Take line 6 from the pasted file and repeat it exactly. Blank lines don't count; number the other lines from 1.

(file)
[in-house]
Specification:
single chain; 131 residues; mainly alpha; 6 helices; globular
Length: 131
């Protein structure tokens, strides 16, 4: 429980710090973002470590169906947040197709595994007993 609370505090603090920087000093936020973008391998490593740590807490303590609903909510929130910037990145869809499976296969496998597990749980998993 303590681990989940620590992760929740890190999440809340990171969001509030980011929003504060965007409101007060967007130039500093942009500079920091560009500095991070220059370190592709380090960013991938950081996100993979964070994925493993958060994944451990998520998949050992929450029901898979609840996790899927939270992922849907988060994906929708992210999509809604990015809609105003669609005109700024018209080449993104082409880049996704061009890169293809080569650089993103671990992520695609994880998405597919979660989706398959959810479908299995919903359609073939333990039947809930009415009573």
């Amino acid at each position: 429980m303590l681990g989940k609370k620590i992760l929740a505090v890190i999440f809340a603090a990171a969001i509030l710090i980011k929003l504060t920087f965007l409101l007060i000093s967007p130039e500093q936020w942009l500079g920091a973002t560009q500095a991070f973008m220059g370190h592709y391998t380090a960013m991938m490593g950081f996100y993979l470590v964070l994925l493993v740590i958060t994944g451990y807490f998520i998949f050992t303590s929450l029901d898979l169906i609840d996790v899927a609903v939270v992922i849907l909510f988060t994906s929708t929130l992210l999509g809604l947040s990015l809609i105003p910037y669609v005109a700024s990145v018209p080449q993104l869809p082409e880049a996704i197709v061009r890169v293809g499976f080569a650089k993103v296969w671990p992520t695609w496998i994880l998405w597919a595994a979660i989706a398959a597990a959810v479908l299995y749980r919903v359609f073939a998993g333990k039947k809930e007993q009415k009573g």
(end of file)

């Amino acid at each position: 429980m303590l681990g989940k609370k620590i992760l929740a505090v890190i999440f809340a603090a990171a969001i509030l710090i980011k929003l504060t920087f965007l409101l007060i000093s967007p130039e500093q936020w942009l500079g920091a973002t560009q500095a991070f973008m220059g370190h592709y391998t380090a960013m991938m490593g950081f996100y993979l470590v964070l994925l493993v740590i958060t994944g451990y807490f998520i998949f050992t303590s929450l029901d898979l169906i609840d996790v899927a609903v939270v992922i849907l909510f988060t994906s929708t929130l992210l999509g809604l947040s990015l809609i105003p910037y669609v005109a700024s990145v018209p080449q993104l869809p082409e880049a996704i197709v061009r890169v293809g499976f080569a650089k993103v296969w671990p992520t695609w496998i994880l998405w597919a595994a979660i989706a398959a597990a959810v479908l299995y749980r919903v359609f073939a998993g333990k039947k809930e007993q009415k009573g």